This meeting will take place on 24-25 November at the OECD Headquarters, and will bring together EECCA and OECD countries as well as partner organisations to shape the work of the GREEN Action Programme. The meeting will determine how to continue the existing co-operation with governments and civil societies in order to help implement policies that are economically efficient, environmentally sustainable and socially acceptable.
The Flemish economy is extremely diversified with a number of value-added industries and a highly skilled workforce. The shift to a green economy will however require specific knowledge, values and attitudes from the Flemish workforce. This report analyses the skills dimension of the transition to a green economy at the local level, with specific reference to emerging needs in the agro-food, construction and chemicals sectors. It also provides recommendations for the development of green skills and occupational profiles at the organisational level, while advising policy makers on the best method of assisting firms to transition to a green economy.
The Urban Green Growth in Dynamic Asia project explores how to promote green growth in cities in Asia, examining policies and governance practices that encourage environmental sustainability and competitiveness in a rapidly expanding economy. This synthesis report presents the results of case studies along with practical policy recommendations, reflecting the local contexts of Southeast Asia. While Southeast Asian cities are affected by a range of economic, infrastructure, environmental and social challenges, ongoing rapid development offers opportunities to shift towards greener growth models. The concept of urban green growth can be a powerful vector of sustainable development, by emphasising the existence and potential of co-benefits between economic and environmental performance.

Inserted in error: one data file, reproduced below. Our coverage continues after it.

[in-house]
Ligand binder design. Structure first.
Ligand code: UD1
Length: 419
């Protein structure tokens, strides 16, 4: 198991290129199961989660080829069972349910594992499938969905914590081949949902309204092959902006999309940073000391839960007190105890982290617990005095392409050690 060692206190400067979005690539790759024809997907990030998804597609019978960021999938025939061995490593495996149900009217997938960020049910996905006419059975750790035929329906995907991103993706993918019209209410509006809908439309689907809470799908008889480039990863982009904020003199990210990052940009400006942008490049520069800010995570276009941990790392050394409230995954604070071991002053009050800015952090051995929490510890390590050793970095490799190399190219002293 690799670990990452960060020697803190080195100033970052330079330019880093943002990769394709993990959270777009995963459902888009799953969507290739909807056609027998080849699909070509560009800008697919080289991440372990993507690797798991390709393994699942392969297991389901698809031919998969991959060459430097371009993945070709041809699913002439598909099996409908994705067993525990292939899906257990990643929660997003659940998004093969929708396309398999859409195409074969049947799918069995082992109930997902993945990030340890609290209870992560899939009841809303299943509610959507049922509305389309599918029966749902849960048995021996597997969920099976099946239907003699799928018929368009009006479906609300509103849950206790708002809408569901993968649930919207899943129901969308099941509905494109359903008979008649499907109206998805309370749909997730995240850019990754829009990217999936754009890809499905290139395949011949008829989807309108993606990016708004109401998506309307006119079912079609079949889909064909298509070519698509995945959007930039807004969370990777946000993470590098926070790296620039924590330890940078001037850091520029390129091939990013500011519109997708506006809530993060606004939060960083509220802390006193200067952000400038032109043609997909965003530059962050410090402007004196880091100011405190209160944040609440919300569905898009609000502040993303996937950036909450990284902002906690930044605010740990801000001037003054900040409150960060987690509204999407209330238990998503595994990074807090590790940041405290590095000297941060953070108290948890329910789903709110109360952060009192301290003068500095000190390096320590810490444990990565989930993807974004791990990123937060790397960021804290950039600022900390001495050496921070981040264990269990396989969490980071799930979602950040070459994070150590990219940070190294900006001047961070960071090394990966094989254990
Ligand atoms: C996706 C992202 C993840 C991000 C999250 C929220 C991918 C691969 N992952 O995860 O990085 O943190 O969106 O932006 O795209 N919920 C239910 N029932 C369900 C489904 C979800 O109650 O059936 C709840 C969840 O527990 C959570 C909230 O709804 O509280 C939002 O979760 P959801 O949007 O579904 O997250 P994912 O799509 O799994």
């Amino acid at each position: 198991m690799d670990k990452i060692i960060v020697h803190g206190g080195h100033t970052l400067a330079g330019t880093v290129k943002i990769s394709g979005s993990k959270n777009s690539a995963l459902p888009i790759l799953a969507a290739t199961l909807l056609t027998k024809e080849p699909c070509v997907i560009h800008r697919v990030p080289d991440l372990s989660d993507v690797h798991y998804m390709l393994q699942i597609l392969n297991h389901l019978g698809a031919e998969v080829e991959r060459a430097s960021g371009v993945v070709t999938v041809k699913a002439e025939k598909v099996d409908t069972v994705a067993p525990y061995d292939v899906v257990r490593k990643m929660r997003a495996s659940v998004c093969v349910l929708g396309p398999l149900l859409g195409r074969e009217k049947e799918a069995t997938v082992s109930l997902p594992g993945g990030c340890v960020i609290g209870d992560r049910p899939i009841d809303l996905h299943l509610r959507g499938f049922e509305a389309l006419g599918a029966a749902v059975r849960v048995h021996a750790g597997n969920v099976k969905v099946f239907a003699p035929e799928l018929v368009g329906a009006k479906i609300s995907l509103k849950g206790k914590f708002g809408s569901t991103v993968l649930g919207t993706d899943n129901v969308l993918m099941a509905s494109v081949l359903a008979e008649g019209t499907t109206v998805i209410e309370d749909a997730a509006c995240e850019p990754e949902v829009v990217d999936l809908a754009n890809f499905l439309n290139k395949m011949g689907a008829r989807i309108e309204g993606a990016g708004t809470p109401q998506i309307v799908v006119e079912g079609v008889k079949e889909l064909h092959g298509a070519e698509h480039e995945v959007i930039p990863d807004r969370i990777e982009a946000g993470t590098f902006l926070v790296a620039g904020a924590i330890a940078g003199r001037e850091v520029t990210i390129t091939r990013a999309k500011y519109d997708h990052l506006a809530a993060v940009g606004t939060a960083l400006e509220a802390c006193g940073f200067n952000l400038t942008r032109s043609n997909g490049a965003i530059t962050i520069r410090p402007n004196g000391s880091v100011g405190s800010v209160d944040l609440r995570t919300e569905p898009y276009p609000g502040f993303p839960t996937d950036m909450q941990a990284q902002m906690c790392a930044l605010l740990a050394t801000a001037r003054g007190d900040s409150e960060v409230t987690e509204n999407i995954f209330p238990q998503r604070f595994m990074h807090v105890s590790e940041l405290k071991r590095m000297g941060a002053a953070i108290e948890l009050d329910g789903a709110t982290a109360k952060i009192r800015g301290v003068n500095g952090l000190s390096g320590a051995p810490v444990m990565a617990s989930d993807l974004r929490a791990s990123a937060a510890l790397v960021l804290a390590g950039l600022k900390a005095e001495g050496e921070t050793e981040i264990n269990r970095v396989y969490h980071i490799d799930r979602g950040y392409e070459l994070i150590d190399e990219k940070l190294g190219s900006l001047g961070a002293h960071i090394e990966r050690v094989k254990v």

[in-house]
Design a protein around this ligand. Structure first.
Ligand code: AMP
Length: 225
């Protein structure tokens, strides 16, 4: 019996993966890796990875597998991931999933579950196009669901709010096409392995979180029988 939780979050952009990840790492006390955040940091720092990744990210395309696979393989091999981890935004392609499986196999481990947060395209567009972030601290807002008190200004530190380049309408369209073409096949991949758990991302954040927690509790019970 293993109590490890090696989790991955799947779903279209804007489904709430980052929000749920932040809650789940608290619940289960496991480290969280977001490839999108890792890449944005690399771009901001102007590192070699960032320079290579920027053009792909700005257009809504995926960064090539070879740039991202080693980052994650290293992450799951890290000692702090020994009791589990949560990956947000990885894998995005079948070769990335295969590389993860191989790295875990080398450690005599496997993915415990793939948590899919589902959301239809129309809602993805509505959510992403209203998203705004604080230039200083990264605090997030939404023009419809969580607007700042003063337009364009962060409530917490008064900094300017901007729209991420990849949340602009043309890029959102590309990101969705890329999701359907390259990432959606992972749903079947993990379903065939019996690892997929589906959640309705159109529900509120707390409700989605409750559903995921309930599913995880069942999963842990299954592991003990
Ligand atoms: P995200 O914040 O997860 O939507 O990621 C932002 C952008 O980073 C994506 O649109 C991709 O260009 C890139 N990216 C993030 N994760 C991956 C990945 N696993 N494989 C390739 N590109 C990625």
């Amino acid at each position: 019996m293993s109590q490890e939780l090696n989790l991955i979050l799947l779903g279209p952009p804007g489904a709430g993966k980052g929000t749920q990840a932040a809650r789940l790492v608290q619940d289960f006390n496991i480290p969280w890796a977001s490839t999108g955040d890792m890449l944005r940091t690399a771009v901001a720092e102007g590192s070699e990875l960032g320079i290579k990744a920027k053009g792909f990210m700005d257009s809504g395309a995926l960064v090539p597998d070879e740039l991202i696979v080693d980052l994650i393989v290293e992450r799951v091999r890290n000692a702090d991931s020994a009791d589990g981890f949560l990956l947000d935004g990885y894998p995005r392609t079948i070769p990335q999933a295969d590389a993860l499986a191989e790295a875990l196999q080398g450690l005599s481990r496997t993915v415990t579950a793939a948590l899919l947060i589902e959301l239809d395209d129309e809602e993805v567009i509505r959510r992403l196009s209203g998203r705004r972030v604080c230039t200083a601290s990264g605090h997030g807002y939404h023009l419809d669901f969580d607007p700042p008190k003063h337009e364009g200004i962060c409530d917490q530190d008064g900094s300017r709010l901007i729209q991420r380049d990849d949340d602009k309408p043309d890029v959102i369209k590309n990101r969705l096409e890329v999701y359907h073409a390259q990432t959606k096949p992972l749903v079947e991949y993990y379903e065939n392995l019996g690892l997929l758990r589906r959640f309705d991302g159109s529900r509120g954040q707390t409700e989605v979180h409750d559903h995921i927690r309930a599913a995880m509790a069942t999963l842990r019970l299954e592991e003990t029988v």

This year's Green Growth and Sustainable Development Forum (GGSD Forum) focuses on the theme “Urban green growth, spatial planning and land-use”. Land use and spatial planning policies have implications for both the environment and the economy. Overall, consideration will be given to the potential for regional, rural and urban policy to contribute to green growth.
Join the GGKP for a webinar on 1 November from 3:00pm - 4:30pm (Geneva time) to learn more about the Global Green Growth Institute (GGGI)'s Green Growth Potential Assessment (GGPA) tool which helps countries find ways to turn risks into green growth opportunities, and the ways in which it has been applied to unlock green growth potential in Colombia and Peru.